"There is danger from all men. The only maxim of a free government ought to be to trust no man living with
power to endanger the public liberty." - - - - John Adams

Saturday, December 1, 2012

SHOCK - Senate panel wants search warrants to be used

Senate panel to cops:  "You need search warrants for e-mail."
  • A Democrat US Senate panel shockingly votes to require search warrants for the government to spy on your e-mail.
  • Idiot Republicans like Senator Chuck Grassly tried to weaken privacy protections.  Apparently Grassley never read the Bill of Rights.

Police State  -  The rapid goosestep march to a bi-partisan police state slowed just a tiny bit.

A U.S. Senate panel approved a landmark privacy bill that would curb law enforcement's warrantless access to the contents of e-mail, private Facebook posts, and other data that Americans store in the cloud. 

The real test for upholding the Bill of Rights will come when the full Senate and GOP House casts their votes.

The voice vote was a victory for a coalition of technology firms including Apple, Google, Facebook, and Twitter, which had urged Congress to update a 1986 law to reflect changes in technology -- and preserve the same privacy rights that Americans enjoy if their files are printed out and stored in a cabinet at home.

"We have to update our digital privacy laws if we want to keep up with rapid changes in technology," said Sen. Patrick Leahy, the Vermont Democrat who's the chairman of the Senate Judiciary Committee reports CNET News.

Bill of Rights  -  Privacy against government searches
The Electronic Communication Privacy Act could undergo a slight change; the Senate Judiciary Committee has passed an amendment that would require law enforcement officials to obtain a warrant to be able to sift through your online data. Since most personal information has gone online, many believe this bill is a vital component to Internet discretion and now heads to the Senate then the House.

"The NSA Is Lying":  Shocking interview.  U.S. Government Has Copies of Most of Your Emails Says NSA Whistleblower 

The panel approved the measure despite objections from law enforcement groups, which had sent a letter to the committee yesterday that was cited by Republican Senator Chuck Grassly. Grassley offered an amendment that they had suggested, which failed to be adopted, that would have weakened privacy protections in "emergency" circumstances.

Senators are "abdicating our duty if we do not examine the concerns raised by federal and state law enforcement," Grassley warned. They have raised "important questions and ones we should be prepared to address" in an open process, he said, not through "concerns that were raised in the media in the draft of the legislation that was leaked last week."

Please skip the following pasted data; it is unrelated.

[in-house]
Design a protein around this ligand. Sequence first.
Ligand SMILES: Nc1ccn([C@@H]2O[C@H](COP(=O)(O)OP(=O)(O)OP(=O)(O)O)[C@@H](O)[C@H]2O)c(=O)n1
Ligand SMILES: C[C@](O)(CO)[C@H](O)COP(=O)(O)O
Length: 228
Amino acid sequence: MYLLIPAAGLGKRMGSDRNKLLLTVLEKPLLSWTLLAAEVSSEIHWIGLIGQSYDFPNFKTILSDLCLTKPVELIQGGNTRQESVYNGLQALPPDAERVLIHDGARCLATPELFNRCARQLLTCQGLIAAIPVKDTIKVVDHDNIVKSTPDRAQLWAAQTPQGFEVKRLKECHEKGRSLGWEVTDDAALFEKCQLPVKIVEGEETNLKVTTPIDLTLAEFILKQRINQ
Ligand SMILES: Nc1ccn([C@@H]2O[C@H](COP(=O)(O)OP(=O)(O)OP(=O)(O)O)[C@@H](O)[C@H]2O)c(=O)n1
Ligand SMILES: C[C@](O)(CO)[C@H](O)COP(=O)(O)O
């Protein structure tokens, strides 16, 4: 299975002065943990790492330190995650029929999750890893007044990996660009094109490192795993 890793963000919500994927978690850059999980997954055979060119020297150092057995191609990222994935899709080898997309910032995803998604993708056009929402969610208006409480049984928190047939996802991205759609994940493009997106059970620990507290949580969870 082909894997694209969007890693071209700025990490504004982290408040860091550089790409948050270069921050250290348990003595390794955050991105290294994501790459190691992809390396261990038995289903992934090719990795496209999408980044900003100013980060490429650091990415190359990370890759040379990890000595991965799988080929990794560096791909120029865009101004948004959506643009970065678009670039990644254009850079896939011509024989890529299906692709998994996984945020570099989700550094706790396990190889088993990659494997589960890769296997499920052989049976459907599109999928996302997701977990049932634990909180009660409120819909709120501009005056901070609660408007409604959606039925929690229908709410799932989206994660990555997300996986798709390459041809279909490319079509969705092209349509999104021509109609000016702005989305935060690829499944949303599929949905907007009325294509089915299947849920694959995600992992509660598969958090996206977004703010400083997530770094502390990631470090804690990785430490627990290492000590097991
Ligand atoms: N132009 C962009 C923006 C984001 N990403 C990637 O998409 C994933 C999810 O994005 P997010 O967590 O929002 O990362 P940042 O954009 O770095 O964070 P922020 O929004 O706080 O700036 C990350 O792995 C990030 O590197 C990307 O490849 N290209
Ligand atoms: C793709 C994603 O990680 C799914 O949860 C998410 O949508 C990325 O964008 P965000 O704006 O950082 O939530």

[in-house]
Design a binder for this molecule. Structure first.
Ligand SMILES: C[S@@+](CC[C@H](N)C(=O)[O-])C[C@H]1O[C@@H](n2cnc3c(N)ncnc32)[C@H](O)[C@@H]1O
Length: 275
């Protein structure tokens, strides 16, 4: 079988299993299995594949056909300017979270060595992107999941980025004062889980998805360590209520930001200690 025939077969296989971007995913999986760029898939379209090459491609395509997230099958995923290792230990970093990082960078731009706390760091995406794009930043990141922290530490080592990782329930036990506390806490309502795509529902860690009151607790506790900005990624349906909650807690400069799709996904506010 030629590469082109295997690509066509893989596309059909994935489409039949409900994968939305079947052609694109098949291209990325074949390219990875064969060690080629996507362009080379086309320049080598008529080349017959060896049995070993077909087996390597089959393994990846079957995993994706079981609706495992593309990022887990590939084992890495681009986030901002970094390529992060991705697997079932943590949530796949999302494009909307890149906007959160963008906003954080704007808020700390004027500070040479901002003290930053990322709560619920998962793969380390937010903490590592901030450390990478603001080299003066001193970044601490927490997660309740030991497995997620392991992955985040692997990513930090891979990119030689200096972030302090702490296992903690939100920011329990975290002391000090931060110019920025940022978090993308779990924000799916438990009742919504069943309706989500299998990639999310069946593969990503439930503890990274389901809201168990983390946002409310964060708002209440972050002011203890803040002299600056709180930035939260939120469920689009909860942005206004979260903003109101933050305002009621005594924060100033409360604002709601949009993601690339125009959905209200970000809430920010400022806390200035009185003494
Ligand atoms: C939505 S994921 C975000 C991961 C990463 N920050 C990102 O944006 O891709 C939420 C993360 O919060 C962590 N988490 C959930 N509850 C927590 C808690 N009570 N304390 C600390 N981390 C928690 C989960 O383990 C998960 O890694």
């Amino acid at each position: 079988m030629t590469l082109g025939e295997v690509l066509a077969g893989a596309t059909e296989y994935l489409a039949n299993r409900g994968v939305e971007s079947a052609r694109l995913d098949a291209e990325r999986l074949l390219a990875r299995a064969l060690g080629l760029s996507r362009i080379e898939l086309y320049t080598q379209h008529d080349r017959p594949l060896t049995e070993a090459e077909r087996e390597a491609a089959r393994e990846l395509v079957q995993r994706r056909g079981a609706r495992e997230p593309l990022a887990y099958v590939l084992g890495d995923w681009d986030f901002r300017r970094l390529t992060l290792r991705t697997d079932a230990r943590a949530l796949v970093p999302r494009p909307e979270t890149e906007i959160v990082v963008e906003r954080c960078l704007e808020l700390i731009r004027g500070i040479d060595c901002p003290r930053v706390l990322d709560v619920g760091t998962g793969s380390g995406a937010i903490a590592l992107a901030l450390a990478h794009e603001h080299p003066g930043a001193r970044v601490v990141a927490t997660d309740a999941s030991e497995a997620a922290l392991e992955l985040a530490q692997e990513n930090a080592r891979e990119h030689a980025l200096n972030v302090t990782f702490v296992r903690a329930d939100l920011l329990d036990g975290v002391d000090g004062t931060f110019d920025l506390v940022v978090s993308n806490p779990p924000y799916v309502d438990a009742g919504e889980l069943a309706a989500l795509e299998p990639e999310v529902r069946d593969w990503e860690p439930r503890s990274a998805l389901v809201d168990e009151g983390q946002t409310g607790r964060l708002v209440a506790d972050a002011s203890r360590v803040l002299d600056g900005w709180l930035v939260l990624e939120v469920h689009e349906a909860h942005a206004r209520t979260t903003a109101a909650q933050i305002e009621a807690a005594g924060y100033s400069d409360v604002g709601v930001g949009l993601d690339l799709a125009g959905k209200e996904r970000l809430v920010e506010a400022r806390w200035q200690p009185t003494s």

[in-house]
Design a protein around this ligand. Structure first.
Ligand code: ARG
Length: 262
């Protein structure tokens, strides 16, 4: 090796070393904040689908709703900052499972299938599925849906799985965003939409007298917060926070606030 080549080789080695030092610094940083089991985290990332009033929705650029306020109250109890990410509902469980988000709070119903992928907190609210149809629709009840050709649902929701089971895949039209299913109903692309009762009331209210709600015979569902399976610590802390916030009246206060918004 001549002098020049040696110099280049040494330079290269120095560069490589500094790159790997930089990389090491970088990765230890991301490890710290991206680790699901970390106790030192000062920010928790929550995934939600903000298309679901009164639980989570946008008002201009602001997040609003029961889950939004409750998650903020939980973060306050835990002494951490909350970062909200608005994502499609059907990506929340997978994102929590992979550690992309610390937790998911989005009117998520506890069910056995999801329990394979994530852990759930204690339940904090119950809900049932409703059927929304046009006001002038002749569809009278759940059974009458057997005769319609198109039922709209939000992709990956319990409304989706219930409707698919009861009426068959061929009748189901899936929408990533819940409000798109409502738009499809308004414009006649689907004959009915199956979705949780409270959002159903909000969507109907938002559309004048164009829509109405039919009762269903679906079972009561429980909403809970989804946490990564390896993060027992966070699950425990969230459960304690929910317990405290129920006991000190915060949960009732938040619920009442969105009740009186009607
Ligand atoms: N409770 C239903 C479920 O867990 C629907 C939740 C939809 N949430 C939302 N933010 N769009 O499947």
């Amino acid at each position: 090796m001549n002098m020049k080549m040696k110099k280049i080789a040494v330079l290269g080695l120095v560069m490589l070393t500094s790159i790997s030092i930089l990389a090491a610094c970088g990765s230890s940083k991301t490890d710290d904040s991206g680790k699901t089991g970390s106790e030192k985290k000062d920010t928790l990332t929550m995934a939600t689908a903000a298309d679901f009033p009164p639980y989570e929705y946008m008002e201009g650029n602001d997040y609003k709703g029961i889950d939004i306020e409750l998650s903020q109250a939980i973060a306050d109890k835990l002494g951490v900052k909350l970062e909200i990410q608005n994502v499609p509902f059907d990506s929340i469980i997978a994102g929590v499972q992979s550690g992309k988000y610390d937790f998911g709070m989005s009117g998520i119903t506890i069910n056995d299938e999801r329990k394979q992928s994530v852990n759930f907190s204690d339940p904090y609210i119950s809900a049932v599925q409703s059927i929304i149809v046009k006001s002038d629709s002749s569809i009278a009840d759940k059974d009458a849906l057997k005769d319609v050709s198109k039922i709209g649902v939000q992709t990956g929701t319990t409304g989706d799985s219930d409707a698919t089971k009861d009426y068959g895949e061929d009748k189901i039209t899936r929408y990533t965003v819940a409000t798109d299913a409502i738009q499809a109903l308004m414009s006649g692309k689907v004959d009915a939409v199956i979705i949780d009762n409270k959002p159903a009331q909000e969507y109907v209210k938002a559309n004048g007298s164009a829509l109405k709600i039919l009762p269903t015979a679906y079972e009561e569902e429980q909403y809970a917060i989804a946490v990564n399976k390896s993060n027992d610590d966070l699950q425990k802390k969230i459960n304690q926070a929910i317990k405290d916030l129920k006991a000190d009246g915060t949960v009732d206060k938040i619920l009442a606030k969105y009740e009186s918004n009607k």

That's a reference to a CNET article that disclosed Leahy had reshaped his legislation in response to law enforcement concerns to grant more than 22 federal agencies -- including the Securities and Exchange Commission and the Federal Trade Commission -- warrantless access to the contents of Americans' e-mail and other private communications.

In response to a public outcry critical of that warrantless access proposal, including a petition that garnered nearly 8,000 signatures, Leahy abandoned it and did not offer it for a vote today.

Leahy glued his privacy amendments onto a Netflix-backed proposal to amend the 24-year-old Video Privacy Protection Act by giving customers the option of Facebook integration. The combined bill now goes to the Senate floor for a vote, which is unlikely to take place this year. (Even if it does, the incoming head of the House Judiciary Committee, Bob Goodlatte, has signaled he wants to take more time to review it.)

The proposal to update the 1986 Electronic Communications Privacy Act, or ECPA, would require federal, state, and local police to obtain a search warrant from a judge based on the traditional standard of probable cause before accessing files stored in the cloud, including e-mail, which echoes a 2010 ruling from a federal appeals court.

Complicating the situation is that the Justice Department has opposed requiring search warrants for e-mail. James Baker, the associate deputy attorney general, warned Congress that requiring a warrant to obtain stored e-mail could have an "adverse impact" on criminal investigations.
Let's face facts.  Most members of Congress give lip service to that oath to protect the Constitution.  Both parties have been falling all over each other to expand and fund an unconstitutional centralized Big Brother police state.

No comments: